Every month the National Park Service highlights one of our nation’s most notable parks. This month’s featured getaway is a well-kept secret tucked away in the north land of Alaska.
Lake Clark National Park and Preserve (called “little Alaska by some) is home to an array of quintessential Alaskan wildlife like brown bears, salmon, moose and wolves, all of which share the area with the native Athabascan people who have created a unique and sustainable culture living off the land there for thousands of years.
The park spans from the shores of Cook Inlet, through the rugged Chigmit and Neacola ranges and encompasses the Redoubt and Iliamna volcanoes, a stunning alpine expanse and bright blue bodies of water that provide opportunities for canoeing, kayaking, fishing and rafting.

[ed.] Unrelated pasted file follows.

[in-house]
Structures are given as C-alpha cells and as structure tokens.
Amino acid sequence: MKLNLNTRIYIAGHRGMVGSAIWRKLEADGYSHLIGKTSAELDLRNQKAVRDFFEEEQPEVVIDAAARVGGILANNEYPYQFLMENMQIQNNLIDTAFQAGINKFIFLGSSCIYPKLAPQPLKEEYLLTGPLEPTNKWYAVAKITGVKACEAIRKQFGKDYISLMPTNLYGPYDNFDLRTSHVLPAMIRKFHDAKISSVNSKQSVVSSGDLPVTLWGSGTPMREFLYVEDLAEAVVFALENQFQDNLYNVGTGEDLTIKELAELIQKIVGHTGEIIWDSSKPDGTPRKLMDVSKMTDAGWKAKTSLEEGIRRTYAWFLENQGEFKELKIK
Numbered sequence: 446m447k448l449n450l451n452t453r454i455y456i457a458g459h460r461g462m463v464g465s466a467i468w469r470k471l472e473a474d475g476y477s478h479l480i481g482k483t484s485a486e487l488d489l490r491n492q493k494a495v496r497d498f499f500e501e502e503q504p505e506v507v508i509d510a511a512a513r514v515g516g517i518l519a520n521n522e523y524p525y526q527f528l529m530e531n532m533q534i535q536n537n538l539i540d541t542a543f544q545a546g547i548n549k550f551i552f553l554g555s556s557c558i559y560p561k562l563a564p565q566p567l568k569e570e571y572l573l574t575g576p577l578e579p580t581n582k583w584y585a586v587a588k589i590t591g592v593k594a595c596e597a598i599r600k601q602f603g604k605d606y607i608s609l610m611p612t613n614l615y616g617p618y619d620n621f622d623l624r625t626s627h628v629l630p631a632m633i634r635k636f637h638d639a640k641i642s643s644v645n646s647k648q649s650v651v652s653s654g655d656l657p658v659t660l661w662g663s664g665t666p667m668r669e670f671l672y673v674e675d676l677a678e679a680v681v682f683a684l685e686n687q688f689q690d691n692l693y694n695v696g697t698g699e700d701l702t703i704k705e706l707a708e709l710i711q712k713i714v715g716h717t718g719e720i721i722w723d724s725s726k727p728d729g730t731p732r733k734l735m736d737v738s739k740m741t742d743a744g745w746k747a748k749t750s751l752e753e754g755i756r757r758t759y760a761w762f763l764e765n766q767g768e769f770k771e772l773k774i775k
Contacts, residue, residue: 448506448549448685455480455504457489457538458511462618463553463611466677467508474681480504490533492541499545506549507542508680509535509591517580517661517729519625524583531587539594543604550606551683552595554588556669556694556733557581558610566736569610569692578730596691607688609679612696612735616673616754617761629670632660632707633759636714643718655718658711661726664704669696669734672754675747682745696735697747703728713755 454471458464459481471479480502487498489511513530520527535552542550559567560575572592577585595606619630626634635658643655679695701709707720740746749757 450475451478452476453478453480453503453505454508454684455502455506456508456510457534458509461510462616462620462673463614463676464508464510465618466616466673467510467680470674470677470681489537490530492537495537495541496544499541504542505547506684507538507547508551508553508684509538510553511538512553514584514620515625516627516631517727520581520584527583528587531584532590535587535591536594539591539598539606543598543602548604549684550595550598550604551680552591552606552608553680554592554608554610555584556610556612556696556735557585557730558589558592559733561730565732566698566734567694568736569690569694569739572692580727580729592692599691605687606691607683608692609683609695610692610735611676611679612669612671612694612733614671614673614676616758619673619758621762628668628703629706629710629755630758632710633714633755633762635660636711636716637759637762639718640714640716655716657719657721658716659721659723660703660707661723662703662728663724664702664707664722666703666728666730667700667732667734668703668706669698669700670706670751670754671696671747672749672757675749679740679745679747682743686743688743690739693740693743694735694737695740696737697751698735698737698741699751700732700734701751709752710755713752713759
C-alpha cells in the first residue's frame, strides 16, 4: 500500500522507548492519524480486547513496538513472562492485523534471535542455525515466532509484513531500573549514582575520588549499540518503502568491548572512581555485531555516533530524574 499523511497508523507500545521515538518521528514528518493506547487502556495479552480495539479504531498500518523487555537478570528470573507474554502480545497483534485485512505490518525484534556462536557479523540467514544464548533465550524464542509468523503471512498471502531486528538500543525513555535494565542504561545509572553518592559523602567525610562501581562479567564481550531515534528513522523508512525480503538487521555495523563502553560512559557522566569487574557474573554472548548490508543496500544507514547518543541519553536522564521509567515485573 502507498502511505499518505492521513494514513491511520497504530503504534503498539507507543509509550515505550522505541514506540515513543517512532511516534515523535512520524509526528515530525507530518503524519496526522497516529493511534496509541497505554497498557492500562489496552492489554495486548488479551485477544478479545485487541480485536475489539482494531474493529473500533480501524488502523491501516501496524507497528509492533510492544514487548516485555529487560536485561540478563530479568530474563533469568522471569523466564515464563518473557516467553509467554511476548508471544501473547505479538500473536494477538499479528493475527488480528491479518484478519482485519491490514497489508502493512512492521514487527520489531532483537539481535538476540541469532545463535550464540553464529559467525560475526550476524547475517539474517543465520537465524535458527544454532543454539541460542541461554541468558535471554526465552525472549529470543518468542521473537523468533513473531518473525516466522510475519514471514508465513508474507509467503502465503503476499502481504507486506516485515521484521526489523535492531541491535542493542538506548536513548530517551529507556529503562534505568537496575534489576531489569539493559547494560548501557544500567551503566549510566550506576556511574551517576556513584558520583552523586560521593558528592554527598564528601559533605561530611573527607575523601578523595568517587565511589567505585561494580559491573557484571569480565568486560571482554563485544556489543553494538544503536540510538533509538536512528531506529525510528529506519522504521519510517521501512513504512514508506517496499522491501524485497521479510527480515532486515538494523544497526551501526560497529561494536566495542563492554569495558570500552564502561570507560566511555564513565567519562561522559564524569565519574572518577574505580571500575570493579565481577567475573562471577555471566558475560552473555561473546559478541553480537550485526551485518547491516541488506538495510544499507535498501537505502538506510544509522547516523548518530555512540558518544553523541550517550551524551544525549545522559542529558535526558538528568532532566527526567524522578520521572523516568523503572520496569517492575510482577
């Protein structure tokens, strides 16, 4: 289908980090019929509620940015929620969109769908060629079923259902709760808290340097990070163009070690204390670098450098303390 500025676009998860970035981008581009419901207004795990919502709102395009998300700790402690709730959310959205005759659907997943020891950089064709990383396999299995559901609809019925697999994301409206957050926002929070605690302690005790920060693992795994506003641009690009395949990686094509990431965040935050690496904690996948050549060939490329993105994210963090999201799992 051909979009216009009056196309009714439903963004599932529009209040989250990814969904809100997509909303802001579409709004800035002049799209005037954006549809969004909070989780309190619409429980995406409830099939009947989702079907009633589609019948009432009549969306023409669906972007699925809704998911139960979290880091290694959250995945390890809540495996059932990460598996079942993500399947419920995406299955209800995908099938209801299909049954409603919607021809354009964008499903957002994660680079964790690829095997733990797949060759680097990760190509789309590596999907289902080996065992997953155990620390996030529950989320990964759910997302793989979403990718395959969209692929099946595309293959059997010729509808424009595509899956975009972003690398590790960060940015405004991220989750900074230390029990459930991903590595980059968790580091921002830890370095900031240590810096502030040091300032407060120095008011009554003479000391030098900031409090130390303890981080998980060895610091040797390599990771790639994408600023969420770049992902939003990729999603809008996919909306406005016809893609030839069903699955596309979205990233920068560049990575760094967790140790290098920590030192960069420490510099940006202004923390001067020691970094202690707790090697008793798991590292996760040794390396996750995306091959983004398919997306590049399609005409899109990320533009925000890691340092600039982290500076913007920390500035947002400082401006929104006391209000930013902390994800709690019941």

One of the best places for bear-viewing in the entire world, a recent survey of the land counted a population of 267 bears and a visit to the park almost guarantees you’ll catch a glimpse of one fishing for salmon in the Silver Salmon Creek or Chinitna Bay.
Countless miles of hiking trails and open access to the entire area offer endless opportunities for adventure. However, because the area is swarming with wildlife the NPS recommends that visitors prepare and plan their backcountry trips carefully.
More tamed attractions include an exploratory exhibit of Richard Proenneke’s (one of Alaska’s most famed wilderness advocates) historic cabin home where visitors can sit at his writing desk and retrace his steps along the shore of Upper Twin Lake.
More remote than you might imagine, Lake Clark is not a part of the traditional Alaskan road system and is typically only accessible by small plane. Luckily, for those without access to an aircraft the NPS offers plenty of information about how to get to the park, including guide services and information about private lodging, too.